Ty Pawb

Featherstone Young, Wrexham, 2018

 

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The complex is one of Wrexham’s tallest buildings 

James Morris     Download Original

  • The complex is one of Wrexham’s tallest buildings    
  • Tŷ Pawb sits beneath a multistorey car park    
  • Studio space    
  • Timber wraps the gallery and market ‘islands’ that run along the top of the food court    
  • Bold super-sized graphics    
  • Wrexham has a long history of covered market spaces and arcades and this latest example was built in an attempt to regenerate the town centre and respond to shifting shopping habits    
  • The project employs a mix of industrial materials     
  • Breeze block walls stop short of the ceiling, the gap closed with a metal mesh that also forms the wall of the shop and information space    
  • Large communal benches feature unique trestle sections turned on a lathe by students in workshops    
  • Location plan    
  • Ground floor plan    
  • First floor plan    
  • Section AA    
  • Detail section and elevation    

This retrofit project in Wrexham creates a space where art can work cheek-by-jowl with commercial and community uses.

This £4 million development hopes to achieve is how an arts space can work not just alongside, but with, community, educational and commercial spaces.

Tŷ Pawb sits beneath a multistorey car park and the space has existed since the 1990s. Until 2013, it was home to the People’s Market. Wrexham has a long history of covered market spaces and arcades and this latest example was built in an attempt to regenerate the town centre and respond to shifting shopping habits. Early in design discussions, it was decided the new scheme would not evict the market traders, the remainder of whom had begun to spill out across the whole ground floor. Rather they would be invited back to set up shop side-by-side with the gallery spaces.

The complex is one of Wrexham’s tallest buildings and key to Featherstone Young’s design was using this height to signal its presence, particularly on the side facing the dual carriageway, where it vies with retail parks. With a slim budget for external work, simple black streaks demarcate where the entrances are located. Inside, the hall has been stripped back and ceilings exposed, steel beams and sloping floor plates its answer to the Victorian markets’ delicate steelwork. The mixed brief is unified by a palette of industrial materials: breeze block walls stop short of the ceiling, the gap closed with a metal mesh that also forms the wall of the shop and information space. Timber wraps the gallery and market ‘islands’ that run along the top of the food court. PVC strip curtains run around a new ‘People’s Square’.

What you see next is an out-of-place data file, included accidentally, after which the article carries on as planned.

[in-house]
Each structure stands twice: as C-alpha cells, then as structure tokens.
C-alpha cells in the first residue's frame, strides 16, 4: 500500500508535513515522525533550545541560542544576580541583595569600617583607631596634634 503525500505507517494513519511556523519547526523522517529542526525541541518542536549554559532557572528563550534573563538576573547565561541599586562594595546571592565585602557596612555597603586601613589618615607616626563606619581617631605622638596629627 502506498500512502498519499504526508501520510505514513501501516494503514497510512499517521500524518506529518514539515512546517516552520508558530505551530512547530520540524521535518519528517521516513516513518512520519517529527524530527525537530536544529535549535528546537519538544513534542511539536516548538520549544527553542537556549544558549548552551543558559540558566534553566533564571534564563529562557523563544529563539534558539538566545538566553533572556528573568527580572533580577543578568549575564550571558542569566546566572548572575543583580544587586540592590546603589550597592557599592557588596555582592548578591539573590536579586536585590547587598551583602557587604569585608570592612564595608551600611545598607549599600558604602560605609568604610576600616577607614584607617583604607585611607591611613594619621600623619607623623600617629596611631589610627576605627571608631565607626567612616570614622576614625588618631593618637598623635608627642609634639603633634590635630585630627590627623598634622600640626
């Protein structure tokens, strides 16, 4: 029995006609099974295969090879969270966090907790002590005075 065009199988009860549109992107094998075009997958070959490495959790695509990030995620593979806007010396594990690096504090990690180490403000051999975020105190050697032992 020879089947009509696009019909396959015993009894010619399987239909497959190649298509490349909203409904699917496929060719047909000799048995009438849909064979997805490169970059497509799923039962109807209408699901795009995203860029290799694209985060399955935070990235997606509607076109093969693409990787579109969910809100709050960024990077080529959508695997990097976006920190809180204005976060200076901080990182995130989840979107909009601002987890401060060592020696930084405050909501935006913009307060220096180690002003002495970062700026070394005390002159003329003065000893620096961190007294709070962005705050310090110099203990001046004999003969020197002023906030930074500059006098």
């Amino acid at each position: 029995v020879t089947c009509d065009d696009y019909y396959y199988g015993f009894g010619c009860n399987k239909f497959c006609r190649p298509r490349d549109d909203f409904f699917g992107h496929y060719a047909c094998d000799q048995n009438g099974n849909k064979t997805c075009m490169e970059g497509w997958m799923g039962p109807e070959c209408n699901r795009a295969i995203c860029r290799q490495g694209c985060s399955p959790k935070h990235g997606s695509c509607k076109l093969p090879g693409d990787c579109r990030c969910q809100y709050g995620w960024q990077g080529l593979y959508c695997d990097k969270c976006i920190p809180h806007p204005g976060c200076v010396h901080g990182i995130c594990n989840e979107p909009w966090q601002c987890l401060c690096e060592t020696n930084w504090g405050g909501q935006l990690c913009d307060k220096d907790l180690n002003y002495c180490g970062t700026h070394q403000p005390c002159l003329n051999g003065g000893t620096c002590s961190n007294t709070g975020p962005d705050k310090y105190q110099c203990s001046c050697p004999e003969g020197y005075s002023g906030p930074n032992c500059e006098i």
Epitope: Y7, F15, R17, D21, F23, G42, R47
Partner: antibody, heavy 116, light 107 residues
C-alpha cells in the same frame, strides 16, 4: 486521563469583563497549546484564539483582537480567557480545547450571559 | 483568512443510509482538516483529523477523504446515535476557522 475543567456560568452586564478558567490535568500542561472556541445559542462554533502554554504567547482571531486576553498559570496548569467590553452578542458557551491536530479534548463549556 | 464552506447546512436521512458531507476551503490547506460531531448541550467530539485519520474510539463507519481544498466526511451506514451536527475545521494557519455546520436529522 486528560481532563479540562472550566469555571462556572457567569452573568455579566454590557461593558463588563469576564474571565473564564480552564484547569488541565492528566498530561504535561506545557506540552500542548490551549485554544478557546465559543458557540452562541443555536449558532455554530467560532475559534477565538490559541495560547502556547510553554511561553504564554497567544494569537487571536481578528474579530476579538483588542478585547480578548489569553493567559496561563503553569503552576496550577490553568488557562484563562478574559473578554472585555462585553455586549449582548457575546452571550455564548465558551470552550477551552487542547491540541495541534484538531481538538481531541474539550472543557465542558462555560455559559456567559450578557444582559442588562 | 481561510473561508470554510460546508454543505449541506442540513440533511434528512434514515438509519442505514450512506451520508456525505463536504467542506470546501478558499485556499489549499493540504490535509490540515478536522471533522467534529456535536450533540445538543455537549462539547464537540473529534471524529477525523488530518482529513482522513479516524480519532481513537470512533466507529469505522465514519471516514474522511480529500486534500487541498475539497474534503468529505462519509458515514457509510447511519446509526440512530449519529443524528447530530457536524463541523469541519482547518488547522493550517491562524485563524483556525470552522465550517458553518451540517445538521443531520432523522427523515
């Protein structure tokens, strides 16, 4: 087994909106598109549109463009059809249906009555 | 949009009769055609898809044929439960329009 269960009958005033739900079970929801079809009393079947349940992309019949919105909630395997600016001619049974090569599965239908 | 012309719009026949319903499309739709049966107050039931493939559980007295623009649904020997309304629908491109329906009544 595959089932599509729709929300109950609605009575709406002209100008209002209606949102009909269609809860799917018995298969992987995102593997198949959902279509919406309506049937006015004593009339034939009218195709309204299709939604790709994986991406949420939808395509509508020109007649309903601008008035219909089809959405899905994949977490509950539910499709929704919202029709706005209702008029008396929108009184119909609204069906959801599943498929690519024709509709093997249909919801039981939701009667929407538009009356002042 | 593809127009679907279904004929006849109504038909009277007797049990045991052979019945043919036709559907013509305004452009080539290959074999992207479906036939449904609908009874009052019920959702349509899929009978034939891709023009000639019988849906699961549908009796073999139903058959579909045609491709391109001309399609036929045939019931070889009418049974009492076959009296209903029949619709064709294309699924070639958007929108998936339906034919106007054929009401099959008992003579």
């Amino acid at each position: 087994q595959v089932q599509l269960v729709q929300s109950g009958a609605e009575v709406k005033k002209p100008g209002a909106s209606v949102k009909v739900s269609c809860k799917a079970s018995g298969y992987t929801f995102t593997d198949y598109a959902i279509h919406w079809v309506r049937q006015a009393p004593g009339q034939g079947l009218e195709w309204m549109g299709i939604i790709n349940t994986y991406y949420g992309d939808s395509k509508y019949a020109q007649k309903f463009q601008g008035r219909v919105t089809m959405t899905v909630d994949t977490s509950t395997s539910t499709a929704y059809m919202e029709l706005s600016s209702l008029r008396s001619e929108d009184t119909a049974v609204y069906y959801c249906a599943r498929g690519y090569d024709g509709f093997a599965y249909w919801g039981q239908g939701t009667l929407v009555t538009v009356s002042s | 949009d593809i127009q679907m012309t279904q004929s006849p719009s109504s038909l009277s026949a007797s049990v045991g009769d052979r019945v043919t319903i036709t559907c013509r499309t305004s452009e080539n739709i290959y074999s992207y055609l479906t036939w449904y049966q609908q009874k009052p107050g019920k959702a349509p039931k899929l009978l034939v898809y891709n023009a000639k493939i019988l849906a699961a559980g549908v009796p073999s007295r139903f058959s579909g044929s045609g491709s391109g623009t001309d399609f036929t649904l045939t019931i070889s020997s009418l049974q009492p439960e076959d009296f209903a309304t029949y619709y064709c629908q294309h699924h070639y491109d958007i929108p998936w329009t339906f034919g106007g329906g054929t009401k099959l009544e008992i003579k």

Above the Market Street entrance, one of the parking areas that was able to be sacrificed – the ‘mayor’s garage’ – has been used to create double-height spaces, both in the Market Street entrance and Gallery 2, crossed via small bridges at first-floor level, where some small office and studio spaces have been squeezed in. The largest gallery space, Gallery 1, is a temperature-controlled environment capable of hosting large travelling exhibitions. Three small windows make the gallery space feel more accessible, framing the stalls from within and giving passers-by a peek into the exhibitions. Gallery 2 is a looser space, more suited to free exhibitions, and connects to a performance space that can be used for dance or lectures.

Recognising that people use the building as a short-cut across town, the design seeks to enhance this route by marking two key corners for the building where people enter. The interior is treated like an extension of Wrexham’s streetscape, with the creation of indoor squares and streets and use of signposts, billboards and street furniture. The retrofit of the building introduces cuts into the existing precast concrete structure, bringing natural light deep into the plan and creating dramatic entrance and vertical connections between floors. Externally, the transformation is announced with new enlarged entrances and dark-painted slashes incorporating super-sized graphics and a changing display of artwork, which signals Tŷ Pawb’s presence within the town. 

Data

  • Begun: Feb 2017
  • Completed: Apr 2018
  • Floor area: 3,705m2
  • Sectors: Arts and culture, Retail
  • Total cost: £4.3M
  • Procurement: Design and Build
  • CO2 Emissions: 81.8kg/m2/year
  • Address: Market St, Wrexham, LL13 8BB, United Kingdom